While transition programs are being formulated right now, not all of the information is in. The UNT System will be making an announcement sometime shortly to discuss possible relocation sites and timelines.
“The inside (Union) looks like Collin College Spring Creek campus but without the cool interior fountains. In other words, I wasn’t wowed by the interior plans and the outside had a lot of downsides. And for the price we are being asked to pay-I’m not impressed, I’m shocked. The College of Business got a BRAND new building for $70 million, Life Sciences got a new 4 story building welded onto an older, remodeled, upgraded building for $34 million, what is driving the cost of the remodeled union to $187 million?”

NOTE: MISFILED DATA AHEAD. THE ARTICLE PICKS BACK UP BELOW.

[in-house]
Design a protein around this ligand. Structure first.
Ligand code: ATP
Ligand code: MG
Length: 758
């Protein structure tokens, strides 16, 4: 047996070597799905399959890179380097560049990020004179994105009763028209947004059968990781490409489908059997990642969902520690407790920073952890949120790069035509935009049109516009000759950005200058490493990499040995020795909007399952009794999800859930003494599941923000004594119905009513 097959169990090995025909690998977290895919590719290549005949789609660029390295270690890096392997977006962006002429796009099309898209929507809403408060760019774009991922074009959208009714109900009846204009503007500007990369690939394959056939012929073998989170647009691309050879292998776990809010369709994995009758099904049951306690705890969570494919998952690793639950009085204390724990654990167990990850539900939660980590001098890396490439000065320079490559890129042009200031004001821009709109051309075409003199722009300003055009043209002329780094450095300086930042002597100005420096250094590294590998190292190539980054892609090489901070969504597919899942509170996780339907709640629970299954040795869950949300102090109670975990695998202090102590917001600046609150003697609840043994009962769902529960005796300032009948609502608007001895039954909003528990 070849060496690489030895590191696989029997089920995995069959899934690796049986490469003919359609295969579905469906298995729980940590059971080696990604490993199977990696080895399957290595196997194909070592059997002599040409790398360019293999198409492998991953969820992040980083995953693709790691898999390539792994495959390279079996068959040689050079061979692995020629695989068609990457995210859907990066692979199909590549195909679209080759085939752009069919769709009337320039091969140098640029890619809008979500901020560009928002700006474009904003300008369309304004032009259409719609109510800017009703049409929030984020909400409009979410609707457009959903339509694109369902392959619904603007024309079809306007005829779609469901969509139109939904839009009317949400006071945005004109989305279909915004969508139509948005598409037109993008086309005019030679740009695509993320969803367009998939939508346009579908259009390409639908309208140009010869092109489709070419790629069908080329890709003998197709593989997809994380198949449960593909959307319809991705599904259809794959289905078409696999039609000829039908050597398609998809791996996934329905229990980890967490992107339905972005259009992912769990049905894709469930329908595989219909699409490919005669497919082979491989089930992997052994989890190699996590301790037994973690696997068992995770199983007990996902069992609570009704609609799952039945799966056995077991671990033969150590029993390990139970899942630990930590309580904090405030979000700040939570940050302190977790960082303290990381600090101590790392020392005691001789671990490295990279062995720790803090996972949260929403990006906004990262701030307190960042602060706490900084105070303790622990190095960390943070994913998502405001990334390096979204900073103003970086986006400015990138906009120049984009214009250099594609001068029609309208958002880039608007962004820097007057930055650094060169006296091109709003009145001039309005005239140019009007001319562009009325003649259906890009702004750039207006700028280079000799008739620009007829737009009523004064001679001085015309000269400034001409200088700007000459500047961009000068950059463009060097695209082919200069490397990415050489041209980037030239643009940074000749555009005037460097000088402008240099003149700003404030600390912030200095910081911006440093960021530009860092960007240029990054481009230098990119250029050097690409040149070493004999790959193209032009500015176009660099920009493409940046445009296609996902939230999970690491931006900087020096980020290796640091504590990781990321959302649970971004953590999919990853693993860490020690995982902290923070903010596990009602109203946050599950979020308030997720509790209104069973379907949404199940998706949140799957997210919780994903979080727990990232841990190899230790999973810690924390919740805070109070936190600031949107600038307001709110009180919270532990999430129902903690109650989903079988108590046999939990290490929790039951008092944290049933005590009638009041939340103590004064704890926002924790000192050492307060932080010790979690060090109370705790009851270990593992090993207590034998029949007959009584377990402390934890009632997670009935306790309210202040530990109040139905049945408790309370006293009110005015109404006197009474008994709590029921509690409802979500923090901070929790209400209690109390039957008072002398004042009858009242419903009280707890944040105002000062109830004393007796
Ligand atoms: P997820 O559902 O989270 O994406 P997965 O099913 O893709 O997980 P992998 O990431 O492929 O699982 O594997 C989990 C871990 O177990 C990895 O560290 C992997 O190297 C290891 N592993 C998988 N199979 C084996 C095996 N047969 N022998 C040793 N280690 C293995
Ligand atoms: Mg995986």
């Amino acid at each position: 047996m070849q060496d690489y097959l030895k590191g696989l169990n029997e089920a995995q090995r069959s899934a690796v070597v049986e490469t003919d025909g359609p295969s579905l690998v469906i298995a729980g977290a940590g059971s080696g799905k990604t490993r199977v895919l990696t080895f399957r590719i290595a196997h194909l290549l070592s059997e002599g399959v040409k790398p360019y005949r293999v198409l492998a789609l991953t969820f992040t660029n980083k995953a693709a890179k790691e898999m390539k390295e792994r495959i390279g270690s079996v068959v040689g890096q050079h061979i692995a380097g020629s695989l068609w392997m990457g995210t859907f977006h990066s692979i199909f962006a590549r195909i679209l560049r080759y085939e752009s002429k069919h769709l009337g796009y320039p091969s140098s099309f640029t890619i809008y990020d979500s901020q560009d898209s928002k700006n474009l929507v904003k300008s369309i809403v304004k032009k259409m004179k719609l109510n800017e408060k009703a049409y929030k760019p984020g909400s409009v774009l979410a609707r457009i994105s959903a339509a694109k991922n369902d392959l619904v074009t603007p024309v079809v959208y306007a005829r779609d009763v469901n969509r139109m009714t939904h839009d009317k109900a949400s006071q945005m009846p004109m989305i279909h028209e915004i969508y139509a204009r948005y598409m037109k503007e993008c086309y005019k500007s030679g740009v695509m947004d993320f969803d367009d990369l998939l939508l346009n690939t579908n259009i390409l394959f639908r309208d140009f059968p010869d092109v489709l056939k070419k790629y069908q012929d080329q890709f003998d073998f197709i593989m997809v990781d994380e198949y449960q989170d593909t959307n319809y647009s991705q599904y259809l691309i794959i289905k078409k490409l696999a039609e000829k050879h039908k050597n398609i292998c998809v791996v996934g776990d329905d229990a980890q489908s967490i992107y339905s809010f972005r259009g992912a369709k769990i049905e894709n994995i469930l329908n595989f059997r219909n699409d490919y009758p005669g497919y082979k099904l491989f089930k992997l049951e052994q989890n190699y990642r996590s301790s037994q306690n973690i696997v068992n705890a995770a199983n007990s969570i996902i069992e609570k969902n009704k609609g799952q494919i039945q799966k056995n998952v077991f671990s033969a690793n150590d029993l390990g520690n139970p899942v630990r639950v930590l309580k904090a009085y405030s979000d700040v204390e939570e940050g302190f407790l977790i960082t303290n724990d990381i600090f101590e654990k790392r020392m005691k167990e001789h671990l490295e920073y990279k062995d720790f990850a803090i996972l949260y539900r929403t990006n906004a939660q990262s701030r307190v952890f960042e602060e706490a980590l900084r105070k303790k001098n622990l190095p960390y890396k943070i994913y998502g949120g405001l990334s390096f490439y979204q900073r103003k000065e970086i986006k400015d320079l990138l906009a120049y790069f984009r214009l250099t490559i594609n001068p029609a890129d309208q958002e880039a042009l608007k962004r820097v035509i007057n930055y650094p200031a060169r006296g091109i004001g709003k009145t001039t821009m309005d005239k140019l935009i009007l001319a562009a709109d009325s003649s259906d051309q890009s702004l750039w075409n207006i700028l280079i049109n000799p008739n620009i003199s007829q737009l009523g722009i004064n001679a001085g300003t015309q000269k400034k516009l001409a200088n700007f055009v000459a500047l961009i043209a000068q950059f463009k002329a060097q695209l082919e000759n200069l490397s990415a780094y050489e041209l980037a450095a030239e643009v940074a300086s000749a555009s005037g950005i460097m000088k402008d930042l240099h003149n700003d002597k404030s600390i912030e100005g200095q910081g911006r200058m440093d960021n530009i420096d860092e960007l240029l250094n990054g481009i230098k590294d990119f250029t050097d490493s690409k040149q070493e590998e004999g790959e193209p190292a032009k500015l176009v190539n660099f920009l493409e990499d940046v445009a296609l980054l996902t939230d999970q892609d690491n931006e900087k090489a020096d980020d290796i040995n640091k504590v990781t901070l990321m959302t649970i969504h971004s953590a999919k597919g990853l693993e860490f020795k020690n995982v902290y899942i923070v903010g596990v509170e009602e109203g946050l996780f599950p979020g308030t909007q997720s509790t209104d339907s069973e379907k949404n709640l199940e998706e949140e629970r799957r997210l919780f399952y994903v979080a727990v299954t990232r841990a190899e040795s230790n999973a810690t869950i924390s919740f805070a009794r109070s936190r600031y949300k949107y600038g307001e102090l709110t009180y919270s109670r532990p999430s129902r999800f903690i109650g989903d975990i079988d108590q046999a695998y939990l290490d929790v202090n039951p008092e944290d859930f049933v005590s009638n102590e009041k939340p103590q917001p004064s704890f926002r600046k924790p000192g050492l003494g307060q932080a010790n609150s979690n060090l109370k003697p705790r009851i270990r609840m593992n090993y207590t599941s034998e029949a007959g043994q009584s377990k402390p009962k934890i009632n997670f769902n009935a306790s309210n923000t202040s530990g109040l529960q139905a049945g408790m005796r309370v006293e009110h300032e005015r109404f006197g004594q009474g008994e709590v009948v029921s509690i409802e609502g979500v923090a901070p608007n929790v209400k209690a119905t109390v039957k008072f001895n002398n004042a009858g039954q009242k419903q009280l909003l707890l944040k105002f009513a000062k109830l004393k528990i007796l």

Please keep in mind that what we have shared with you are tentative drawings of some of the selected spaces within the proposed University Union. It is the intention of the Union Master Plan to have this building be better than any other facility on campus with the highest levels of technology and finishes. This cannot be portrayed in five or six pictures you were presented, but the hope is that you can see a glimpse of how impressive this building can be for students. The costs of the University Union is estimated to be $120 million. After a loan and interest, the amount goes up significantly. The same can be said of the College of Business. With that being noted, the current University Union is beyond a simple remodel and upgrade. To remodel and upgrade the facility…just to get it to safety code…would cost the students $34 million. After that, you would not see any real improvements in the facility other than mechanical, engineering, and plumbing. There would be no increase in student organization space, lounge space, dining services, meeting rooms, etc. By starting the fee earlier and agreeing to fund this project, students are making an investment in their future. By having nicer facilities, we attract more students and better faculty. When we attract more students and better faculty, the value of your degree becomes significantly greater, which means that opportunities in the job market begin to open more for graduates of UNT.